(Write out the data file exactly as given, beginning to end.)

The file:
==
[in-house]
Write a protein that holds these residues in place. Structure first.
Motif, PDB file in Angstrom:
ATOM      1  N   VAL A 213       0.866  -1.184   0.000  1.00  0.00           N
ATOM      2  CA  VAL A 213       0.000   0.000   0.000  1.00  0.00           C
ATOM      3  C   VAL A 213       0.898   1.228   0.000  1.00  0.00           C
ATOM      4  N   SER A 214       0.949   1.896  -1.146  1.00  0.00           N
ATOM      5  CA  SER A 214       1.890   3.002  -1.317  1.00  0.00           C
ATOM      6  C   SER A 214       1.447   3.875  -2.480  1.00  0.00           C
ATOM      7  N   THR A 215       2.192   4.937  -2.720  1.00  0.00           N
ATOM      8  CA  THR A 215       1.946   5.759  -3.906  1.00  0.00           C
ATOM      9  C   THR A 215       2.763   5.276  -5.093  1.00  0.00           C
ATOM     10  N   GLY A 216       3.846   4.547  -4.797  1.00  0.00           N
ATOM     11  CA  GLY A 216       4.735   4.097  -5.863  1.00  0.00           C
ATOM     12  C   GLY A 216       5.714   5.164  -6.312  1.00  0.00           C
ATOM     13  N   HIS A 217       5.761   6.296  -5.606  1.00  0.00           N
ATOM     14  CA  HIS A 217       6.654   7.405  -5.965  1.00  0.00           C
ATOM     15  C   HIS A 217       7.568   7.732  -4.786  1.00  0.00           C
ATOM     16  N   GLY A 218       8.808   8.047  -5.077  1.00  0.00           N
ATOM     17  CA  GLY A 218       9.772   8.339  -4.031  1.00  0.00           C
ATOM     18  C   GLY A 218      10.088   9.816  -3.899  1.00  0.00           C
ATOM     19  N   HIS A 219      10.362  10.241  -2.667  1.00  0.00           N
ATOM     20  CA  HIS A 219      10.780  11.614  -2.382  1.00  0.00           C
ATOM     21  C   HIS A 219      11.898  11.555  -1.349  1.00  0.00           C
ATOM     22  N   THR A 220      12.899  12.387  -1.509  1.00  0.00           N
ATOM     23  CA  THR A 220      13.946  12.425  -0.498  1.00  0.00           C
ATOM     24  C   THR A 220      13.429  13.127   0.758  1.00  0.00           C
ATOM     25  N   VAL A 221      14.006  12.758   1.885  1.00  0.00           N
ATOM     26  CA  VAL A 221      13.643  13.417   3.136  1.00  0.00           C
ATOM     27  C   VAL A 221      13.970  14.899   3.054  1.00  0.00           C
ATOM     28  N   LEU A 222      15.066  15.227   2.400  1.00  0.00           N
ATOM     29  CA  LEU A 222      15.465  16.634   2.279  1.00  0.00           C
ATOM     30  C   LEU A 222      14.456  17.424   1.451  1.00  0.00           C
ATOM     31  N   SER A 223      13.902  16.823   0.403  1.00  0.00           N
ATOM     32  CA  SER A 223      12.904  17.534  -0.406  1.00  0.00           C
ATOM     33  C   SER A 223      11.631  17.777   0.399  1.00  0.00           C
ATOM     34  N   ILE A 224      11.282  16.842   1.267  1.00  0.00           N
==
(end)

[in-house]
Write a protein that holds these residues in place. Structure first.
Motif, PDB file in Angstrom:
ATOM      1  N   VAL A 213       0.866  -1.184   0.000  1.00  0.00           N
ATOM      2  CA  VAL A 213       0.000   0.000   0.000  1.00  0.00           C
ATOM      3  C   VAL A 213       0.898   1.228   0.000  1.00  0.00           C
ATOM      4  N   SER A 214       0.949   1.896  -1.146  1.00  0.00           N
ATOM      5  CA  SER A 214       1.890   3.002  -1.317  1.00  0.00           C
ATOM      6  C   SER A 214       1.447   3.875  -2.480  1.00  0.00           C
ATOM      7  N   THR A 215       2.192   4.937  -2.720  1.00  0.00           N
ATOM      8  CA  THR A 215       1.946   5.759  -3.906  1.00  0.00           C
ATOM      9  C   THR A 215       2.763   5.276  -5.093  1.00  0.00           C
ATOM     10  N   GLY A 216       3.846   4.547  -4.797  1.00  0.00           N
ATOM     11  CA  GLY A 216       4.735   4.097  -5.863  1.00  0.00           C
ATOM     12  C   GLY A 216       5.714   5.164  -6.312  1.00  0.00           C
ATOM     13  N   HIS A 217       5.761   6.296  -5.606  1.00  0.00           N
ATOM     14  CA  HIS A 217       6.654   7.405  -5.965  1.00  0.00           C
ATOM     15  C   HIS A 217       7.568   7.732  -4.786  1.00  0.00           C
ATOM     16  N   GLY A 218       8.808   8.047  -5.077  1.00  0.00           N
ATOM     17  CA  GLY A 218       9.772   8.339  -4.031  1.00  0.00           C
ATOM     18  C   GLY A 218      10.088   9.816  -3.899  1.00  0.00           C
ATOM     19  N   HIS A 219      10.362  10.241  -2.667  1.00  0.00           N
ATOM     20  CA  HIS A 219      10.780  11.614  -2.382  1.00  0.00           C
ATOM     21  C   HIS A 219      11.898  11.555  -1.349  1.00  0.00           C
ATOM     22  N   THR A 220      12.899  12.387  -1.509  1.00  0.00           N
ATOM     23  CA  THR A 220      13.946  12.425  -0.498  1.00  0.00           C
ATOM     24  C   THR A 220      13.429  13.127   0.758  1.00  0.00           C
ATOM     25  N   VAL A 221      14.006  12.758   1.885  1.00  0.00           N
ATOM     26  CA  VAL A 221      13.643  13.417   3.136  1.00  0.00           C
ATOM     27  C   VAL A 221      13.970  14.899   3.054  1.00  0.00           C
ATOM     28  N   LEU A 222      15.066  15.227   2.400  1.00  0.00           N
ATOM     29  CA  LEU A 222      15.465  16.634   2.279  1.00  0.00           C
ATOM     30  C   LEU A 222      14.456  17.424   1.451  1.00  0.00           C
ATOM     31  N   SER A 223      13.902  16.823   0.403  1.00  0.00           N
ATOM     32  CA  SER A 223      12.904  17.534  -0.406  1.00  0.00           C
ATOM     33  C   SER A 223      11.631  17.777   0.399  1.00  0.00           C
ATOM     34  N   ILE A 224      11.282  16.842   1.267  1.00  0.00           N